With the 28 May 2018 deadline for GDPR compliance fast upon us, here are some top tips from two leading UK lawyers, extracted from IDG’s Computerworld UK article, GDPR legal advice: lawyers give their top tips for GDPR preparation.
The EU GDPR post-Brexit
“The GDPR will come into force before Brexit so compliance will still be required for UK companies. Even after Brexit, we will most likely live here in the UK in a GDPR and the E-Privacy lookalike environment.” – Gabriel Voisin, partner, Bird & Bird
“It’s important to make sure that US clients are aware of and understand that ‘personally identifiable information (PII) is not the same as the ‘personal data’ term that is used in the GDPR. The term ‘personal data’ is broader and covers information such as online identifiers, device IDs, IP addresses, RFID.” – Gabriel Voisin, partner, Bird & Bird
Avoiding GDPR fines
“The new regulation is a binding legislative act, whereas the previous directive set out data law goals to all EU countries. This means you might have been getting away with data law breaches previously, but you could be facing huge fines if you do not get your data in order before May 2018.” – Tobias Guenther, senior legal counsel and data protection officer for Mapp Digital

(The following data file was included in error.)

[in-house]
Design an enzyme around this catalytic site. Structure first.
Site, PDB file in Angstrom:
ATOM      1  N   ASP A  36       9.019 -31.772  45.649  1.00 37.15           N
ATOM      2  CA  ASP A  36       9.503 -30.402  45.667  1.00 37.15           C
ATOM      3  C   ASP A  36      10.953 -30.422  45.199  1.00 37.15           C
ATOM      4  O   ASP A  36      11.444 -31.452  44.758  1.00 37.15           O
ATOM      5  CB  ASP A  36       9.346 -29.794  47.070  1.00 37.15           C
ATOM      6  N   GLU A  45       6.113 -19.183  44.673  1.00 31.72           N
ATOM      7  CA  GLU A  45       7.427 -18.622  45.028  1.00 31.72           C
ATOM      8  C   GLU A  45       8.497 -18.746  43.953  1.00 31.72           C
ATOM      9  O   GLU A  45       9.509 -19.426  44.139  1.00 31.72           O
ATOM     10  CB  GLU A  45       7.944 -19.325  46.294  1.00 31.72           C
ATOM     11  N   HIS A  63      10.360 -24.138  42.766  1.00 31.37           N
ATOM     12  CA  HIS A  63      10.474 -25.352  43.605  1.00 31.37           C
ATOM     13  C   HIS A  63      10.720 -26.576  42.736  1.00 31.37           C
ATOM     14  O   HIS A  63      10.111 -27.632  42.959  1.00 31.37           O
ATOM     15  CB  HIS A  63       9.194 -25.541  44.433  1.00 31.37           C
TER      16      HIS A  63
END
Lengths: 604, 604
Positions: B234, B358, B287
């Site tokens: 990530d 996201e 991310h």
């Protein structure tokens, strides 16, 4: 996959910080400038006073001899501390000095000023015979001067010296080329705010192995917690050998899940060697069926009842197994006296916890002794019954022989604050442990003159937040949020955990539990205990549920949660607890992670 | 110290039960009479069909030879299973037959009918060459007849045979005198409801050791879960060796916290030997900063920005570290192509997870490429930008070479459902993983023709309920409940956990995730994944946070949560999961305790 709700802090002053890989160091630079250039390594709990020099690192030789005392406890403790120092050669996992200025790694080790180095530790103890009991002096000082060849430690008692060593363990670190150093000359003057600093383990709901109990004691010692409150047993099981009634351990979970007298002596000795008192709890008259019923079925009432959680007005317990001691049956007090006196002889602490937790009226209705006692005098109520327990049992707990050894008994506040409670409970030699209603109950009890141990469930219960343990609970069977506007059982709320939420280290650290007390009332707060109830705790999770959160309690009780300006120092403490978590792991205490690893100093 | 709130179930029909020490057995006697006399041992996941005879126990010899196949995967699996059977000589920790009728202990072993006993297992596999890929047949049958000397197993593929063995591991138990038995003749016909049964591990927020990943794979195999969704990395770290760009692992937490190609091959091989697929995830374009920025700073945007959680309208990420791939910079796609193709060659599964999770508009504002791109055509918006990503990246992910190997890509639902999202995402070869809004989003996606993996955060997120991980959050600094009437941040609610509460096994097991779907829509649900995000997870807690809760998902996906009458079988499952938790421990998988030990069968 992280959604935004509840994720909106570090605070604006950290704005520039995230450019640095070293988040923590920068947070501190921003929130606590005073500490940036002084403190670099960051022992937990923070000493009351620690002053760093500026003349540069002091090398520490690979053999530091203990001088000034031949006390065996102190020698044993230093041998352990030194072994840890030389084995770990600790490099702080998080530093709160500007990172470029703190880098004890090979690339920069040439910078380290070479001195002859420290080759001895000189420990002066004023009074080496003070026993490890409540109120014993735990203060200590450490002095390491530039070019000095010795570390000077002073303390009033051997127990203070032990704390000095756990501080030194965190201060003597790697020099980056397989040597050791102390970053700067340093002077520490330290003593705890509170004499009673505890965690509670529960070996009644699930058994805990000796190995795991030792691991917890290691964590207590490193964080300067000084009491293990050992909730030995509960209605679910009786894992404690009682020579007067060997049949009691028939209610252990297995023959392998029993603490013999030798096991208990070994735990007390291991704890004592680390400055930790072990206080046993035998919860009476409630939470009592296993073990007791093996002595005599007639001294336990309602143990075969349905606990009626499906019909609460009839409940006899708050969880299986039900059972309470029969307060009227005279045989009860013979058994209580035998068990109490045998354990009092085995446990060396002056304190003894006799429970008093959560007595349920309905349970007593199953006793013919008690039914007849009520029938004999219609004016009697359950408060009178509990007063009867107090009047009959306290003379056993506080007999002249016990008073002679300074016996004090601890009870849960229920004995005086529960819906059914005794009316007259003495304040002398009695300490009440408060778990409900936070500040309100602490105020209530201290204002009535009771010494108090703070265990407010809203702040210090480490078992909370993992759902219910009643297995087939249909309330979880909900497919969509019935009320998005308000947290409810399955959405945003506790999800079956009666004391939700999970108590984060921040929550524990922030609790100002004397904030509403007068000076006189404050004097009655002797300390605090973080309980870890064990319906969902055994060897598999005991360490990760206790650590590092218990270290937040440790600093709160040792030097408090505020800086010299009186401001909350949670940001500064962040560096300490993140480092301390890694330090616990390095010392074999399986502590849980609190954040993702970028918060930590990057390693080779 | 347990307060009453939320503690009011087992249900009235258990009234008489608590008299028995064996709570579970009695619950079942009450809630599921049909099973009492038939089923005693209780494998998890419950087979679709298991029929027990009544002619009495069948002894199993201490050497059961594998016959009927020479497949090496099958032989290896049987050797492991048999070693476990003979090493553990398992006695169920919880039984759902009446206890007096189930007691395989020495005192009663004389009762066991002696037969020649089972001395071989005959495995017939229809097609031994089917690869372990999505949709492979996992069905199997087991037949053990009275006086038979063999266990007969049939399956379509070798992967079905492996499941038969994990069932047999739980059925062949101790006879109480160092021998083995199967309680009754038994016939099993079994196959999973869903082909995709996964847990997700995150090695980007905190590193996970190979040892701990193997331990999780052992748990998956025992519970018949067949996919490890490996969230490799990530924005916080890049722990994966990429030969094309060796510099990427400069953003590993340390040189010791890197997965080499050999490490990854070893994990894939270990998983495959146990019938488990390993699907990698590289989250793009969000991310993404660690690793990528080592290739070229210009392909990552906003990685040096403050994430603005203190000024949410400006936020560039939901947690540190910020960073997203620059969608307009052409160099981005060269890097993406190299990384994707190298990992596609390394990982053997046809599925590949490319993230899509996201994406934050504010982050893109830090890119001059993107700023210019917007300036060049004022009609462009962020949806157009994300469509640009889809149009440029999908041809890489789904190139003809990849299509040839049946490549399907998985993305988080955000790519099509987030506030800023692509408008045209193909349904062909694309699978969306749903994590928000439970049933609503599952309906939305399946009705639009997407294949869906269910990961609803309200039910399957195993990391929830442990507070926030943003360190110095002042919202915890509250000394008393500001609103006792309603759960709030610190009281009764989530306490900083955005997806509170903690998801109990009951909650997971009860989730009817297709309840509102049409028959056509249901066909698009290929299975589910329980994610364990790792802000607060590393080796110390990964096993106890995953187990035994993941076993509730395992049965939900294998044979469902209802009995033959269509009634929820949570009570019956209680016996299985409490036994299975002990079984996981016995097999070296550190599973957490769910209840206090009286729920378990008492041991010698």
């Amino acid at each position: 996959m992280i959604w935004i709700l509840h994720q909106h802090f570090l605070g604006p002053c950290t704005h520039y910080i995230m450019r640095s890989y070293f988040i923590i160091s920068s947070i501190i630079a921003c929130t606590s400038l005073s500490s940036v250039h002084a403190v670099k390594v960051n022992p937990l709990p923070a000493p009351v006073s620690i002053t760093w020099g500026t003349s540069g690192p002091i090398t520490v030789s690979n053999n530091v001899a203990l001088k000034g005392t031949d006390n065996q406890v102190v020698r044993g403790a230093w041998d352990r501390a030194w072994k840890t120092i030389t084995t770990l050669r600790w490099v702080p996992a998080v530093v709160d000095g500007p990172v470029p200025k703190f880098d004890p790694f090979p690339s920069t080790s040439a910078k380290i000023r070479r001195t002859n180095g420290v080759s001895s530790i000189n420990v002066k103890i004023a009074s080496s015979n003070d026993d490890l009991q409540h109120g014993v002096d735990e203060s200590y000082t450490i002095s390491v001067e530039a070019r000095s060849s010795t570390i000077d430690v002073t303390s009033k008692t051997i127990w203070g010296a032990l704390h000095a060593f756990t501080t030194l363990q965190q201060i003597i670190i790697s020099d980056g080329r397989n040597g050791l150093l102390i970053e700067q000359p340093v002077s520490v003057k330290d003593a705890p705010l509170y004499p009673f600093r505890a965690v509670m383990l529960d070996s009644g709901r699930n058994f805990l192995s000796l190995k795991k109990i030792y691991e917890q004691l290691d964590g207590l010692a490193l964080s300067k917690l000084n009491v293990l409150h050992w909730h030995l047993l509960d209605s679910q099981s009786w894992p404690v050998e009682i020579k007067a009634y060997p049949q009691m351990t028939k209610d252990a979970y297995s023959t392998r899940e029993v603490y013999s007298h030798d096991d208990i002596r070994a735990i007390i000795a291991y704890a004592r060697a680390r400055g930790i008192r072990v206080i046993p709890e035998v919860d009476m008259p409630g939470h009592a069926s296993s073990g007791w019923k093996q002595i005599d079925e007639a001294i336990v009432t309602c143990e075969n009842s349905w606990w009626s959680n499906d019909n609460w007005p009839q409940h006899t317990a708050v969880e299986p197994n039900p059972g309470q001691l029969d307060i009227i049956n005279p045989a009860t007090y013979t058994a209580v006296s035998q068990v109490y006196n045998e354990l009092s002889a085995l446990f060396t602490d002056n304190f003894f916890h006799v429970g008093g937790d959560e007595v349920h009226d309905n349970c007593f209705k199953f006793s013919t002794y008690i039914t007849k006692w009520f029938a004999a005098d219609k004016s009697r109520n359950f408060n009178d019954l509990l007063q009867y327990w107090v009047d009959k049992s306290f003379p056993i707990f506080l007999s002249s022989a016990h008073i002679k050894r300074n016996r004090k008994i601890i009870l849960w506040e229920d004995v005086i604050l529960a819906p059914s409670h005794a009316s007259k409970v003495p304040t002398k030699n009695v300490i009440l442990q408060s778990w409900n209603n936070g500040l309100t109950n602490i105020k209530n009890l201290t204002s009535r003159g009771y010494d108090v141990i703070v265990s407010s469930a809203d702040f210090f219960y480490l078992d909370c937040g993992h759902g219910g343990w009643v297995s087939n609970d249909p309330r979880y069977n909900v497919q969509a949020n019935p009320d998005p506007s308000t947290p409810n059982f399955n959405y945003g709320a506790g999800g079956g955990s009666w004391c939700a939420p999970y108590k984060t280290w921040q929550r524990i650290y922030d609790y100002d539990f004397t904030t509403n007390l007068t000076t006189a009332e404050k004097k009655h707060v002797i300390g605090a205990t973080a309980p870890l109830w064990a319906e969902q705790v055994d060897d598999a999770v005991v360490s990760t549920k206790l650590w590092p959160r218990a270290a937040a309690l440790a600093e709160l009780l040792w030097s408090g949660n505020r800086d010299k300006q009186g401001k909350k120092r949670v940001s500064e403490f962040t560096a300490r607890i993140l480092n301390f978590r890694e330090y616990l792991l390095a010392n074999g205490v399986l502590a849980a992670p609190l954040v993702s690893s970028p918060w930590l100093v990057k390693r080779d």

Reviewing third party supplier contracts
“Review which suppliers you use and whether you have an agreement in place. If that’s not the case, you need to get data processing agreements set up before May 2018. Regarding consumer consents, the GDPR says consent will only be given for certain data processing by a clearly identified person or party. Using unspecified third parties will result in invalid consent.” – Tobias Guenther, senior legal counsel and data protection officer for Mapp Digital
New marketing rules
“In the UK, consent requirements in the direct marketing rules will not apply if you contact individuals to conduct genuine market research. However, you cannot avoid them by labelling an email as a survey or market research if it is actually trying to sell goods or services.
“It’s also important to be aware that certain EU countries such as Germany and France take a more stringent approach on the question of market research via email and consider that this type of activity is direct marketing.” – Gabriel Voisin, partner, Bird & Bird